The Museum Narodowe (National Museum in Warsaw) is situated at No 3 Jerusalem Avenue ( Aleje Jerozolimskie) in a building especially constructed in the 1930s and one of the few to survive the mass destruction in 1944. However during this time most of the art was looted by the Nazis. After the war the Polish Government retrieved many of the works seized by the Germans but more than 5,000 artefacts are still missing. However the Museum is well worth a visit and includes some interesting words by Polish artists for example Jewess with Oranges ( Żydówka z pomarańczami, Pomarańczarka, Przekupka z Pomarańczami) is an 1880-1881n oil painting on canvas by the Polish artist Aleksander Gierymski. During World War II, the painting was stolen by German forces, and since 1945, Poland had sought its return. In 2010, the painting appeared in an antique market in Northern Germany and Ministry of Culture and National Heritage of Poland began negotiations to bring the painting to Poland, which was successful in 2011, after compensation was paid out by the Polish PZU Foundation to the German owner.
Warsaw, of course, being the capital of a predominantly Catholic country has a host of beautiful churches. Most of course were destroyed in 1944 and had to rebuilt. One church St Augustine’s Church, ul Nowolipki 18, inaugurated in December 1896 did miracously survive demolition. After the German creation of the Warsaw Ghetto the church was within its bounds, effectively closing it. Despite the official closure of the church, the home parish priest, Father Franciszek Garncarek and vicar Leon Więckowicz (or Więckiewicz) continued to live there. They took part in smuggling Jews out of the ghetto.Father Garncarek was shot on the steps of a church outside the ghetto on 20 December 1943. Więckowicz was arrested on 3 December 1942 and deported to the Gross-Rosen concentration camp in Lower Silesia, where he died on 4 August 1944. With the liquidation of the Ghetto, the church was used as a warehouse in which property stolen from Jews was stored, then the church was converted into a stable. During the Uprising the church tower was a vantage point and German machine gun nest. On 5 August 1944 the tower was damaged during the assault on the nearby Gesiowka prison by soldiers the AK. After the uprising, Germans set fire to the roof of the church and a considerable amount of the church was burned. The fire also took the rectory and parish house. The Germans had a plan to blow up the church, but it was not realized.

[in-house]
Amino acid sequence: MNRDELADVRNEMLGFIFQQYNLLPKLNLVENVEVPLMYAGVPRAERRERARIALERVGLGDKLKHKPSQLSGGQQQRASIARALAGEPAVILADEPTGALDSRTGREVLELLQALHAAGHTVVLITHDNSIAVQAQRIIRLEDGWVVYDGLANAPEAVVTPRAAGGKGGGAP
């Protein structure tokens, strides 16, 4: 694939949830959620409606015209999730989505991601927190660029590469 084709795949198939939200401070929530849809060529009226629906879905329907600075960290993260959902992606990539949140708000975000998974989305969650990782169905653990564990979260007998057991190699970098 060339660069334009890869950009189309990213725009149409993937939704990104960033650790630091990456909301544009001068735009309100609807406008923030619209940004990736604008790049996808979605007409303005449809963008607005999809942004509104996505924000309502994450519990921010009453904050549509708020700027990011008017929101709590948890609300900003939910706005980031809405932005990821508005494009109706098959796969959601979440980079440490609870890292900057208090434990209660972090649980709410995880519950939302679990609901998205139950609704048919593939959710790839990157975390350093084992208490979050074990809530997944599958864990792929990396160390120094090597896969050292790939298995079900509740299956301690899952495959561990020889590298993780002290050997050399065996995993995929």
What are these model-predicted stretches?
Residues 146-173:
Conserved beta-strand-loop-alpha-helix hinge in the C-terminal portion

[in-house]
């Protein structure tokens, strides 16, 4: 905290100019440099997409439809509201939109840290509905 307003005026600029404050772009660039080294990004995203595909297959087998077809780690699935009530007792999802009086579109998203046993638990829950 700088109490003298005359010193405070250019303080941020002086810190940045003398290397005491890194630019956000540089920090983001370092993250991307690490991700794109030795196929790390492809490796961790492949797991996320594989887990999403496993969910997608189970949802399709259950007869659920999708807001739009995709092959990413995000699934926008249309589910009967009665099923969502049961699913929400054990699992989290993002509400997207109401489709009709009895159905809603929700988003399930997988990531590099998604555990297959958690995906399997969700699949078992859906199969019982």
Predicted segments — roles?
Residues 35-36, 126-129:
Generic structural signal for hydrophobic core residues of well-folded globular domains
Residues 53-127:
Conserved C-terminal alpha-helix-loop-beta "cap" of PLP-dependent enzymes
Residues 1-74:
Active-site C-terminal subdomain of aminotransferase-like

St. Hyacinth’s Church n is located in the New Town at Freta Street 8/10. Founded by the Dominican Order and had an adjoining Monastery and the original building was competed in 1639. During the Uprising it was used as a field hospital by the AK and completely destroyed in the German bombardment killing over 1000 people inside. It was completely rebuilt after the War.
St. Alexander’s Church (Polish: kościół św. Aleksandra) is a situated on Three Crosses Square in central Warsaw, Poland. It marks the historical southernmost entry into New World Street (Nowy Świat), the Royal Route and the Old Town. The temple is one of the most recognizable landmarks in Warsaw. It was designed in the neoclassical style by renowned Polish architect Chrystian Piotr Aigner, and constructed in the years 1818–1825. In the late 19th century, St. Alexander’s was remodelled into a larger, more grandiose Neo-Renaissance church, with two side towers and a higher ornate dome. It was destroyed during an aerial bombardment by German Luftwaffe in the first days of September 1944, the church was hit by 9 bombs resulting in collapse of the dome, main nave and one of the towers.In the years after the war it stood as a ruin before being reconstructed in its initial simpler form by 1952.